Thursday, 16 June 2011

MVC hacking for foreign keys

I have an unusual scenario for MVC entity framework 4. Firstly I have a table with a primary key (not used for foreign keys) and a unique constraint (which is used for foreign keys). Entity framework does not recognise unique constraints and therefore does not let you use them for foreign keys. The fix is to open the crm.edmx in an xml editor (you might be able to do it from the designer!) and then change the key to point to your unique field and not to your primary key. This allows EF4 to point foreign keys to your field. If you had already created the keys and then re-generated, you might have found that the associations have lost their referential settings which you will need to restore. Obviously if you regenerate, this change might be undone.
The second issue is that although one of my table columns has a theoretical foreign key to another table, the key does not exist which allows us to test the scenario where an item is orphaned (the foreign key does not exist on the customer system), therefore EF does not provide all the wiring up for a drop-down list on my view to edit this 'foreign' field. The answer is to use a ViewModel which is simply a class that contains your entity and any other supporting data, in my case a list of SelectItem which is used in the DropDown list. This is populated in the constructor. Then rather than creating the view against the entity, you specify the view model instead and link fields to Model.EntityPropertyName.Name rather than just Model.Name. This also means you can simply link your drop down to the list of SelectItem in the view model which does not exist in the entity itself:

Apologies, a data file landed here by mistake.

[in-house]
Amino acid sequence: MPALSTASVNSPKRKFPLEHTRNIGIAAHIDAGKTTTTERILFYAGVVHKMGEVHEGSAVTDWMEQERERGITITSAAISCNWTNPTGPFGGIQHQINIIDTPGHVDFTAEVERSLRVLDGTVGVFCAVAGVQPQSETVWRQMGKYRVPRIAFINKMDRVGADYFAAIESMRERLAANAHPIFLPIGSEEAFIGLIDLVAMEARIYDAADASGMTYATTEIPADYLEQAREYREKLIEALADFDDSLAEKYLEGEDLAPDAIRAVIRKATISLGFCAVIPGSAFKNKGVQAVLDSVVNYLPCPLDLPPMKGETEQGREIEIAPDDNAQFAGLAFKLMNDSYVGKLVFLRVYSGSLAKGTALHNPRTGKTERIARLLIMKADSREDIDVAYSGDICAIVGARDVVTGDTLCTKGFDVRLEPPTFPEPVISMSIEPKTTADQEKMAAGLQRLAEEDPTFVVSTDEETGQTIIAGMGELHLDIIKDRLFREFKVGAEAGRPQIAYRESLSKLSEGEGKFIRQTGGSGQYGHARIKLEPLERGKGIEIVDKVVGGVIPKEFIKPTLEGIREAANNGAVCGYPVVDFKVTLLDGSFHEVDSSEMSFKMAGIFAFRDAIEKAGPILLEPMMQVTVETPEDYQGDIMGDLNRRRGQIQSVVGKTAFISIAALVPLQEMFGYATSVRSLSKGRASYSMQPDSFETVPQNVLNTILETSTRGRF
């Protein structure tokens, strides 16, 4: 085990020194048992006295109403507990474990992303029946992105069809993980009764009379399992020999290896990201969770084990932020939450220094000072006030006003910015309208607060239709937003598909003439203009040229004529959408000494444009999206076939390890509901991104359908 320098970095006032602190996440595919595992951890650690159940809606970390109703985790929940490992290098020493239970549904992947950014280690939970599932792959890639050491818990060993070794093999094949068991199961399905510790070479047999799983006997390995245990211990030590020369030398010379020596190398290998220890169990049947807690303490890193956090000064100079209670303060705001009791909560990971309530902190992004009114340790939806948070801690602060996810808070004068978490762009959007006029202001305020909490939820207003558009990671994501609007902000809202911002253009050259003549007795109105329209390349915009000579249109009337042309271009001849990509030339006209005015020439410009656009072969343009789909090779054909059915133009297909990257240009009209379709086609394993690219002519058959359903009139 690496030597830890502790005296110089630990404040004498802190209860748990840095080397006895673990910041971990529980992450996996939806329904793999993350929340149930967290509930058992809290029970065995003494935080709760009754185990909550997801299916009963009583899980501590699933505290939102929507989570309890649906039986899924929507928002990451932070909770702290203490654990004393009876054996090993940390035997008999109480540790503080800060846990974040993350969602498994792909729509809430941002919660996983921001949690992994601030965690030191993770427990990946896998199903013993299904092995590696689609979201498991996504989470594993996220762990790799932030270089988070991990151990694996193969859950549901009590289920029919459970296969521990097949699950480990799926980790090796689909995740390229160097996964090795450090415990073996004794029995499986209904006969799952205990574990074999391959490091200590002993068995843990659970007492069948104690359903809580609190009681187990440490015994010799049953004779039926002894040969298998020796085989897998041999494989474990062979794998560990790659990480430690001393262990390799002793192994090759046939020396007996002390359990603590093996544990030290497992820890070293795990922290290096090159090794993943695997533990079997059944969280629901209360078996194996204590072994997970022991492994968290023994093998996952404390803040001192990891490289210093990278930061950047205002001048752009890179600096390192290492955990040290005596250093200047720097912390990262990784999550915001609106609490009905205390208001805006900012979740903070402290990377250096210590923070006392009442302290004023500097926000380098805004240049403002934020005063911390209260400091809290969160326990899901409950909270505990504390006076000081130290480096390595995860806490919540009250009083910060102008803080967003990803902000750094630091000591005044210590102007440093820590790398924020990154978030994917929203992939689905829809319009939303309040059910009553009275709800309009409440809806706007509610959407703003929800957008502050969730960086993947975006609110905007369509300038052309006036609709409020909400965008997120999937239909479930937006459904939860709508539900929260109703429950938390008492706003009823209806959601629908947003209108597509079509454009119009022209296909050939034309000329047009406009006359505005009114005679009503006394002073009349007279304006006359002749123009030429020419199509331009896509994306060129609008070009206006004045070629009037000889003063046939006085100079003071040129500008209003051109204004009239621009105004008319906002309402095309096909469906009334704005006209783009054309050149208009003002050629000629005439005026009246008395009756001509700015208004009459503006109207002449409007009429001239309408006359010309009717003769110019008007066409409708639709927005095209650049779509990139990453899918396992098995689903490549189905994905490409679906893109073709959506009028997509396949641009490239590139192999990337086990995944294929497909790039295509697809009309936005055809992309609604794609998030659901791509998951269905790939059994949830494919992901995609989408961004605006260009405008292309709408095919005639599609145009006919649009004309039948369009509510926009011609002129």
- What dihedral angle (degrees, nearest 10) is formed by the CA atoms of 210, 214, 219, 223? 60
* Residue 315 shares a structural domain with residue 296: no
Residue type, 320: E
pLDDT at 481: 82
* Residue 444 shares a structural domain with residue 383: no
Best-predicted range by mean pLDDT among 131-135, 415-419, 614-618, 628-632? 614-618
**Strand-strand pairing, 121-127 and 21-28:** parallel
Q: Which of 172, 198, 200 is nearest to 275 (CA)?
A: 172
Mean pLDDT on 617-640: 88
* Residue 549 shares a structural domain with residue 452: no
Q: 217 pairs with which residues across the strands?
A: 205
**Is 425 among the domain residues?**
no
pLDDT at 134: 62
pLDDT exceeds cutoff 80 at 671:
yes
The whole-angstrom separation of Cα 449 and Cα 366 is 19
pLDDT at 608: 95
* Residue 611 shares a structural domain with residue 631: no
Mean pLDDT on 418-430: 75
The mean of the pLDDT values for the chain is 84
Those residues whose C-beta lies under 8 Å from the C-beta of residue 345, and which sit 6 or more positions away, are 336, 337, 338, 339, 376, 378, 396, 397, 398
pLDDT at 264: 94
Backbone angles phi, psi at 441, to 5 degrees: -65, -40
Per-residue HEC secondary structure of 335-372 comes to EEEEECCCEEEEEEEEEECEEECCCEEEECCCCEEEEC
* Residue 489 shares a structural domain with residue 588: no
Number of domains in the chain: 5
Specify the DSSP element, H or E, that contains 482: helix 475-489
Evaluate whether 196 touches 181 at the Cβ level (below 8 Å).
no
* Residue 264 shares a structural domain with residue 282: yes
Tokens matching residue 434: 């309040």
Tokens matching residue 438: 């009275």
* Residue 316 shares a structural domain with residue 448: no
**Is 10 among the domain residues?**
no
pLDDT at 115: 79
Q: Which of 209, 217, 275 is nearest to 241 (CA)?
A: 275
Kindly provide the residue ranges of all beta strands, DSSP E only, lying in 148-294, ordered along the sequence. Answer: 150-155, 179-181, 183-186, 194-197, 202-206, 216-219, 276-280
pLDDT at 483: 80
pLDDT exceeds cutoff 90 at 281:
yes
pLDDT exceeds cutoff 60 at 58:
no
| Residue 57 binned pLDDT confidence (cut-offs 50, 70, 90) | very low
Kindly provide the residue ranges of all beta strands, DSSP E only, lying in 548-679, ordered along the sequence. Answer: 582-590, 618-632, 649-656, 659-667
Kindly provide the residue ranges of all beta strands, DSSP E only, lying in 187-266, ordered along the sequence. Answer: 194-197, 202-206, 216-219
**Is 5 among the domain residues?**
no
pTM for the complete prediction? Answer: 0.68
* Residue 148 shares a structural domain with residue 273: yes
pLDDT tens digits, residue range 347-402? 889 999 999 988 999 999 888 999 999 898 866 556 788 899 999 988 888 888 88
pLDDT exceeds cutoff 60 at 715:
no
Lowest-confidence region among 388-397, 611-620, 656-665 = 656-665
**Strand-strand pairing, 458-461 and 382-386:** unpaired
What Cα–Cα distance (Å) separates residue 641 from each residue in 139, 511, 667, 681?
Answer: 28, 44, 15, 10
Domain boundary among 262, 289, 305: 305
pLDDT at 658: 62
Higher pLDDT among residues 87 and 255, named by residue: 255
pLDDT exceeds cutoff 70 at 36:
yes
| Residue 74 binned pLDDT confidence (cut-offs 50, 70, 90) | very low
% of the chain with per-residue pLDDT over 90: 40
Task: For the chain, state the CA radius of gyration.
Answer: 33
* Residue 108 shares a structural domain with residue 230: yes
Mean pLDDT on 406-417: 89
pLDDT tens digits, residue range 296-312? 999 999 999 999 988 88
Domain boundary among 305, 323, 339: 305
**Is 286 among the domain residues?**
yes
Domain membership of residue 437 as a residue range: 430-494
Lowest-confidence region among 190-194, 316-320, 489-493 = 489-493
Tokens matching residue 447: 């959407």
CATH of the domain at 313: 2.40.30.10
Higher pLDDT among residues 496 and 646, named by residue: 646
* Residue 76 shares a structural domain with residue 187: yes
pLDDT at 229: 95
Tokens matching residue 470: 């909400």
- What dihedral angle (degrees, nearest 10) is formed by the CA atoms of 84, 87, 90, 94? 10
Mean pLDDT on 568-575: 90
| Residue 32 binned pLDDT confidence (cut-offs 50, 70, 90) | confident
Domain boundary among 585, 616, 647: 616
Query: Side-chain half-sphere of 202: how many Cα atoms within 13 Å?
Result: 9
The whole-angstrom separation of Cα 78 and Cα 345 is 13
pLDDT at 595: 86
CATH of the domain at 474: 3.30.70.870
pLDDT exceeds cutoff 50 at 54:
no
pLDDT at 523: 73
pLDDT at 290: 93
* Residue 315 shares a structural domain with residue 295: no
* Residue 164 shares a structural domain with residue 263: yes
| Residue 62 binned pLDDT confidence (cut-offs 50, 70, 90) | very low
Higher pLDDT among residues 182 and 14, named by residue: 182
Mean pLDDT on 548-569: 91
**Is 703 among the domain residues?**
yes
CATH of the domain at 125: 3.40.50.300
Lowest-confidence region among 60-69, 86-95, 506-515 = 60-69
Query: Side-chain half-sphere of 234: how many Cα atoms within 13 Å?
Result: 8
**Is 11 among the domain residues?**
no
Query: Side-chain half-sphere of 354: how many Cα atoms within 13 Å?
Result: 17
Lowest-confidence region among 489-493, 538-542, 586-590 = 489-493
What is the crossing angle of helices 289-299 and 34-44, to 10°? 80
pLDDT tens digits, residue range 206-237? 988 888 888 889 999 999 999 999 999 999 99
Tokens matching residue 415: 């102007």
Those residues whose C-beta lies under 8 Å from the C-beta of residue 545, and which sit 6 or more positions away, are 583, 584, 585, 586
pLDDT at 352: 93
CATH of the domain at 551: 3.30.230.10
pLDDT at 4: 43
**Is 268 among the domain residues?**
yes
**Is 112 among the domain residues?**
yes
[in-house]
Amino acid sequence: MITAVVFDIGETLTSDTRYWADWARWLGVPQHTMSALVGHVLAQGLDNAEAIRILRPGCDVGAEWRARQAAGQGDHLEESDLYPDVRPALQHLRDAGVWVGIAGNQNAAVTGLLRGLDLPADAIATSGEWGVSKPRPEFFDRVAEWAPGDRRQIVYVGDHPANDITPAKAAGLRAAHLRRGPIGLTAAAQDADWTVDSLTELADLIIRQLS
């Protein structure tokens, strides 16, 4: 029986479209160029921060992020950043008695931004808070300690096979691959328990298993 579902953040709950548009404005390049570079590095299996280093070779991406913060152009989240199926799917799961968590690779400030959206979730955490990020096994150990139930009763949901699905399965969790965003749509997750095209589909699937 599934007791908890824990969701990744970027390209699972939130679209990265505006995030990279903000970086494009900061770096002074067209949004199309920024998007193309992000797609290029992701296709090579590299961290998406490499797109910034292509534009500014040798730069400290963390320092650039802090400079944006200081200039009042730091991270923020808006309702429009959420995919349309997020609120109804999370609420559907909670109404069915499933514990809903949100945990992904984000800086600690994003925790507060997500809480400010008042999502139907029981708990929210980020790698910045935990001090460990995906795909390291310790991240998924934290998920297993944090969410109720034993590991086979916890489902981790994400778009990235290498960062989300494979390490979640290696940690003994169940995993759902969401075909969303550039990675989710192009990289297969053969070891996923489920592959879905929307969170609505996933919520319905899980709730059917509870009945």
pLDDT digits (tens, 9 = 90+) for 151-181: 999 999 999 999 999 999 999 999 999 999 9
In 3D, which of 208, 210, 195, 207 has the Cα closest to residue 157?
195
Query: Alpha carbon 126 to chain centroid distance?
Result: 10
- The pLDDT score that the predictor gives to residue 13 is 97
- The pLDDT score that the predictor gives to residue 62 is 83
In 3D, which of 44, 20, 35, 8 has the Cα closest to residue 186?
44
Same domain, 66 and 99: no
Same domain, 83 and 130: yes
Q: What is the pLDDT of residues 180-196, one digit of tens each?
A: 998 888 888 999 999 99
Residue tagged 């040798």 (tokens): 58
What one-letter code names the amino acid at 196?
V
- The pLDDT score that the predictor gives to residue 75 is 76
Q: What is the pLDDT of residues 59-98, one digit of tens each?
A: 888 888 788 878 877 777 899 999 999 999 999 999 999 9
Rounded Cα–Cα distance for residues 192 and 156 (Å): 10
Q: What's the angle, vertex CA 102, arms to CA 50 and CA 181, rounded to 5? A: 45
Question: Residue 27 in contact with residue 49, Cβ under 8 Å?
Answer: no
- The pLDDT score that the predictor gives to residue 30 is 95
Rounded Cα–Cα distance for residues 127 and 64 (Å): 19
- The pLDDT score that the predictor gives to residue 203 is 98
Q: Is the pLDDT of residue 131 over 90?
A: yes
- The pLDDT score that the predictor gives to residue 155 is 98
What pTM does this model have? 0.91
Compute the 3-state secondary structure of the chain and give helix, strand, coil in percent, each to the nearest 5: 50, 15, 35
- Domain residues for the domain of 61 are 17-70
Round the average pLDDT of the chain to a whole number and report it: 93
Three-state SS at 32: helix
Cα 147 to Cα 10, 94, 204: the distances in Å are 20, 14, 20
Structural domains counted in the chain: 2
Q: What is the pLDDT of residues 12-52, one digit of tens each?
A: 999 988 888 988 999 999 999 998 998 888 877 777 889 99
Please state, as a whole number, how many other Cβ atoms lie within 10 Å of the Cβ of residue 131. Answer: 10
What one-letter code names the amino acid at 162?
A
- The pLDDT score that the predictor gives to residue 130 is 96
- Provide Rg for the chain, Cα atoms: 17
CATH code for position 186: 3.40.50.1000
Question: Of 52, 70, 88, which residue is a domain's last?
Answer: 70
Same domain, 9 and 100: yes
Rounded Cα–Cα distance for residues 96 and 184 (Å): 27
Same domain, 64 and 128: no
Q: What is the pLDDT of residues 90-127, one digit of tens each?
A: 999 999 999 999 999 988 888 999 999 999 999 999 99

public class AccountDetailViewModel
{
public AccountDetailViewModel()
{
AccountDetail = new AccountDetail();
}

public AccountDetailViewModel(AccountDetail source)
{
AccountDetail = source;
// Get list of 'Account' entities from db and add number and rowid to the list
var accounts = new Entities().Accounts;
Accounts = new List();
foreach (var acc in accounts)
{
Accounts.Add(new SelectListItem{ Text= acc.AccountNumber, Value= acc.RowId.ToString()});
}
}

public AccountDetail AccountDetail { get; set;}
public List Accounts { get; set; }
}


And then in the view:

<%: Html.DropDownListFor(model => model.AccountDetail.PrimeAccountInternalRefNo, Model.Accounts, Strings.DropDownListSelectItem)%>
<%: Html.ValidationMessageFor(model => model.AccountDetail.PrimeAccountInternalRefNo)%>
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